Chris and I are very much looking forward to our pre-season delivery this week. In the meantime, here are some leftovers.
Here’s a picture of beef stock made from local bones and scraps. I froze it in ice cube trays for later.
So far I’ve made beef stew and shepherd’s pie with it. It’s pretty good and much better than bouillon, but I wished I’d salted it more. (I made the beef stew with CSA chuck roast and the shepherd’s pie with CSA ground lamb. Both were warm and yummy.)
In addition to the long-lasting butternut squash, I’d like to recognize three veggies that kept us going through the CSA break: garlic, sweet potatoes, and green cabbage. Fresh garlic is so nice. We’re now on our last head, so my fingers are crossed that there will be some in one of our pre-season boxes.
I bought a 5-lb bag of sweet potatoes sometime in the beginning of December from CragerHager Farm. All of them were still good as of yesterday when we baked them to make a sweet potato pie. Maybe it helped that my kitchen has stayed pretty darn cool this winter. (Bet yours did, too!)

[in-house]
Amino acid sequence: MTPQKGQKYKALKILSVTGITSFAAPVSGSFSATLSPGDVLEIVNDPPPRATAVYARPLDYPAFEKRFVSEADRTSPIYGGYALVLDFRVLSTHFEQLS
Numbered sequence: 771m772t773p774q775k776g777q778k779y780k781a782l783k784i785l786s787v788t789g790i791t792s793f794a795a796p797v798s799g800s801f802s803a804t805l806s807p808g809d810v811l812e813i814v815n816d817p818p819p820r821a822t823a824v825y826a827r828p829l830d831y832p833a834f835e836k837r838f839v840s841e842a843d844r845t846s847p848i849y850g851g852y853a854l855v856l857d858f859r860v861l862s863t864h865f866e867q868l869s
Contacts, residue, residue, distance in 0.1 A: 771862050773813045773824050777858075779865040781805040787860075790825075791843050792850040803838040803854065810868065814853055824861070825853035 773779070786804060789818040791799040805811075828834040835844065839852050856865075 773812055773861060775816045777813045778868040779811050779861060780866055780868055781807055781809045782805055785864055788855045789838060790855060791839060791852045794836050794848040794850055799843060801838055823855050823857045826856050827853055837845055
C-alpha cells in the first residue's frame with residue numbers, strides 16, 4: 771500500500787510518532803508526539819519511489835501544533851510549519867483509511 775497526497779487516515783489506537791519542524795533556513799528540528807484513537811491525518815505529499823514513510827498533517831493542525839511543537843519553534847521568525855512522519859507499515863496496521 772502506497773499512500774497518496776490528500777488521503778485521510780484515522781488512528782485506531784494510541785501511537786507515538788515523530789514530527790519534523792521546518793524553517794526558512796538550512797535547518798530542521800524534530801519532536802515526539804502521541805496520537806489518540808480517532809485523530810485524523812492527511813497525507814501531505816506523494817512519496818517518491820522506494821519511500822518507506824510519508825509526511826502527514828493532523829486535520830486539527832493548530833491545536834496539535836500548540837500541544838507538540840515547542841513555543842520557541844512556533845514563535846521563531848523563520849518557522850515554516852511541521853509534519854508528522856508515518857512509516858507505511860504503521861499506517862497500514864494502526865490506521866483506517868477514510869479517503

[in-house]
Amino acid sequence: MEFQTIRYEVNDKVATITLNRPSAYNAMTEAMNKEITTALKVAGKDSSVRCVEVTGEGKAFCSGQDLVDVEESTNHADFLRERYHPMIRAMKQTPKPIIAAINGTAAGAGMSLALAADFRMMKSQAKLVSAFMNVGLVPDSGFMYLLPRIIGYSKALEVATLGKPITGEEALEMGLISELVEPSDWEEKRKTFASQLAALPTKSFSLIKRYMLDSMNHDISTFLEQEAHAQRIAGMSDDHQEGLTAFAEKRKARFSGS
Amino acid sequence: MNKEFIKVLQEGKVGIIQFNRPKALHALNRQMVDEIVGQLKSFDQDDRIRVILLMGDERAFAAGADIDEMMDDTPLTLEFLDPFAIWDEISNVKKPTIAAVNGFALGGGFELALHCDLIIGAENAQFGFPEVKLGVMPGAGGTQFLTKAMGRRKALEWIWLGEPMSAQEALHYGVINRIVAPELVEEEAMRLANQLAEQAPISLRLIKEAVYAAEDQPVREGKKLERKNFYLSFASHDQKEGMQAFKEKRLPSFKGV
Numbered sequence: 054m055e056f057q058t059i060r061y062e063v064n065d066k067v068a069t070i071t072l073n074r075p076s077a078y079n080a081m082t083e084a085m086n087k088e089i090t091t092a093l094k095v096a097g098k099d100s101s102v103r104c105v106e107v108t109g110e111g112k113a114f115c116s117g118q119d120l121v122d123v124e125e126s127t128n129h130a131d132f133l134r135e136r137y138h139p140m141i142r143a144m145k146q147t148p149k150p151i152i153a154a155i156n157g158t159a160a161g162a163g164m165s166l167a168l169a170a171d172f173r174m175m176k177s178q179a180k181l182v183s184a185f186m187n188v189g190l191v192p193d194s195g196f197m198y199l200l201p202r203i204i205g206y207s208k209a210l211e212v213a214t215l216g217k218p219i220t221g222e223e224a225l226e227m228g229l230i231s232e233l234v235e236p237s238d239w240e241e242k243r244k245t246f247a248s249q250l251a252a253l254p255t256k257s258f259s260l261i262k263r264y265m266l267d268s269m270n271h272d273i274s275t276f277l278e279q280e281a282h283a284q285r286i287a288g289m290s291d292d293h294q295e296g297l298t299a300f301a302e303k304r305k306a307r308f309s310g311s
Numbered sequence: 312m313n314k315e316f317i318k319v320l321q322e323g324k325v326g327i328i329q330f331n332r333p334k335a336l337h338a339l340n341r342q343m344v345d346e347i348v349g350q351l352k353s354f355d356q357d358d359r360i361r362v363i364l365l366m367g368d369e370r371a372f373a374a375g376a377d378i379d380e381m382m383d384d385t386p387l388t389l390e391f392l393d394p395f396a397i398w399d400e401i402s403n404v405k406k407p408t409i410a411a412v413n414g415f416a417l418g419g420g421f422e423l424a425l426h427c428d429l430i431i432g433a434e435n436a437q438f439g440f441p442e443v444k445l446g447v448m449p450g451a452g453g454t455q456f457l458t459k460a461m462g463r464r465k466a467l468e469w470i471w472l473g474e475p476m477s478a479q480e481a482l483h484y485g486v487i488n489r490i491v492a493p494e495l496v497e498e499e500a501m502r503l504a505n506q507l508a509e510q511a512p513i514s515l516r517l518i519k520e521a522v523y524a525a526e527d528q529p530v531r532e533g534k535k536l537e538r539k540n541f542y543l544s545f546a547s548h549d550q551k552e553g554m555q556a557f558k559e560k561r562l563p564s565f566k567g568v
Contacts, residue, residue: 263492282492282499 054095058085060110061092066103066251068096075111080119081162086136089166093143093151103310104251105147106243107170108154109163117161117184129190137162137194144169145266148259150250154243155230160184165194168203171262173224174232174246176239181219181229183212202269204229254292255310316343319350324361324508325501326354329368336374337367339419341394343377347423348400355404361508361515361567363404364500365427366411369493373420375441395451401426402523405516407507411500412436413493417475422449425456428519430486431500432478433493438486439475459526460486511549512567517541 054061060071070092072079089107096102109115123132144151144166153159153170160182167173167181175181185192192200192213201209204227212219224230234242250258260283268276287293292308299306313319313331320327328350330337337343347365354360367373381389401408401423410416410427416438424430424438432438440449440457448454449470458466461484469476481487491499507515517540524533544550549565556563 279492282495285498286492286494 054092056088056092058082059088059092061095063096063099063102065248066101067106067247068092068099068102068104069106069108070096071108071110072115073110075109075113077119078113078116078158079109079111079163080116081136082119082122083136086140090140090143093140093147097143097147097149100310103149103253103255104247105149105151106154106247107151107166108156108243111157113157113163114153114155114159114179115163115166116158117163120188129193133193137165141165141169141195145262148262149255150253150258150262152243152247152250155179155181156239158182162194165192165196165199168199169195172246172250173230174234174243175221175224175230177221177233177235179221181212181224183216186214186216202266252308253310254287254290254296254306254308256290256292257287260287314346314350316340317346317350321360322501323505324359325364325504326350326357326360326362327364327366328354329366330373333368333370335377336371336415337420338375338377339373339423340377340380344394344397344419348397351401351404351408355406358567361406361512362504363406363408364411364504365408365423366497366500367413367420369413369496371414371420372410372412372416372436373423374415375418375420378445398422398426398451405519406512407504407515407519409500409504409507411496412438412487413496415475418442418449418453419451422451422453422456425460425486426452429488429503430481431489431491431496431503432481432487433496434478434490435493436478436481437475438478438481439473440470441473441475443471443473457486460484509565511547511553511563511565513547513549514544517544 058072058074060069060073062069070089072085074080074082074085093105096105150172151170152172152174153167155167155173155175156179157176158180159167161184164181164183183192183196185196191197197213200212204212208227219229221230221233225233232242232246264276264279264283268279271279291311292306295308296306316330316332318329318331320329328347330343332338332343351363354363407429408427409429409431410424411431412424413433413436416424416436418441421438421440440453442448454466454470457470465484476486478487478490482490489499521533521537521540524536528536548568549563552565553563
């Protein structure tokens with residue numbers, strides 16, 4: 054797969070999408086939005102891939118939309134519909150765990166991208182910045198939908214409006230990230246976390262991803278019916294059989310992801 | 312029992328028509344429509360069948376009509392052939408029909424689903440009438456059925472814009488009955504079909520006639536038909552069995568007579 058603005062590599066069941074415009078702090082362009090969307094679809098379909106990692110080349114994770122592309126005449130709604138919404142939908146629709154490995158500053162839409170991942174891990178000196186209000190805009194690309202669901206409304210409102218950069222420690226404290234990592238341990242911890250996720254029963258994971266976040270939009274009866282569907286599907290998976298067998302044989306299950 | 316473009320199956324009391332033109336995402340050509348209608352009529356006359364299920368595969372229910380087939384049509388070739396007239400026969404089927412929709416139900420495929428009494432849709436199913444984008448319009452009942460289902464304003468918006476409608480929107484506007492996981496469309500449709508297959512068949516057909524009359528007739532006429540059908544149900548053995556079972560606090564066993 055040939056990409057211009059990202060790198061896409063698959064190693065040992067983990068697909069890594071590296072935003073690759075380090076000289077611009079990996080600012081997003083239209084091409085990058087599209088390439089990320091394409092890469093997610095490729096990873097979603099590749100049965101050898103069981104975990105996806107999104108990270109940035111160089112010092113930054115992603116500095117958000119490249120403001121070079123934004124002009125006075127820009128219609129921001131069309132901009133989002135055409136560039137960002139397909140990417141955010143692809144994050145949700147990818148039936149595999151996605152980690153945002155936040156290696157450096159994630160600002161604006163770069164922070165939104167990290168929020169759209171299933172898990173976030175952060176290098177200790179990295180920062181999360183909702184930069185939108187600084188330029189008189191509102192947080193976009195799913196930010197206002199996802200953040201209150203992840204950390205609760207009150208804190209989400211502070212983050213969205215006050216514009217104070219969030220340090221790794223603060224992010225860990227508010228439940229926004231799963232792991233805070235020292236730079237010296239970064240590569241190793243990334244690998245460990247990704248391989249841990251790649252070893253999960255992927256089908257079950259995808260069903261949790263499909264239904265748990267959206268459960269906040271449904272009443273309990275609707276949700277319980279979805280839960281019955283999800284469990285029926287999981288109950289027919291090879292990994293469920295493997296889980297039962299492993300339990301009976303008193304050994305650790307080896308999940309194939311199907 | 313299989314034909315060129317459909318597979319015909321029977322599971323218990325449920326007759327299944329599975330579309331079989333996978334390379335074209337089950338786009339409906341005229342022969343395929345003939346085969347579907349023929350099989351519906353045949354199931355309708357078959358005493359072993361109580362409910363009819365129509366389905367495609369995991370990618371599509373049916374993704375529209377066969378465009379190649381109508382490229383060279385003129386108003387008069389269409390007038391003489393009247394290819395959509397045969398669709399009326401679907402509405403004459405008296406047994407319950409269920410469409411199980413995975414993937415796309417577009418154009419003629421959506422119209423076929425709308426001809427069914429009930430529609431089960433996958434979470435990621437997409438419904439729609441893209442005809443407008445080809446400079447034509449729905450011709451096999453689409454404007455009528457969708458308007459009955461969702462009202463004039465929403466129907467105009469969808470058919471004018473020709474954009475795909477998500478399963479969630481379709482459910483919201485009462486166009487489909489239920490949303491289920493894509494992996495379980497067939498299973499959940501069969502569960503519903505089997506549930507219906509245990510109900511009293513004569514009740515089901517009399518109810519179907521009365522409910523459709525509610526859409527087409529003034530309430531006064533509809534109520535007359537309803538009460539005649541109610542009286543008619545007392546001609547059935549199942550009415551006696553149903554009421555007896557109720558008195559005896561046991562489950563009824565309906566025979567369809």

The cabbage was a surprise hit. I knew it would keep longer than the lettuce, so I didn’t hurry to eat it when it came with our last delivery of 2009. Then we lost it in the back of the fridge. The brave little cabbage was limp when we found it, but I shredded and sautéed some, and it was still delicious! We ate sautéed cabbage with nearly every meal for a week or so and never complained. (The recipe, if you can call it that, is sauté some shredded cabbage in olive oil with garlic and onion till just softened. Then add a couple of splashes of rice vinegar, turn off the heat, and let it steam for a moment before serving.) The trick is to never cook more than you’ll eat at a meal. It sounds like a pain, but it’s worth it and pretty easy to whip up – especially if you pre-shred, dice, and mince your ingredients.
And right now I’m drinking some nice tea made from dried lemon verbena and lemongrass. Perfect for perking up on a winter afternoon. These two herbs are my favorite to dry because the secret is to put them in a plastic bag in the vegetable drawer and forget about them for months. Then, in the middle of January, you get lemony tea!
Between now and Wednesday, we’ll finish up our shepherd’s pie and enjoy some pancakes made from Logan Turnpike Mill pancake mix and blueberries frozen last summer.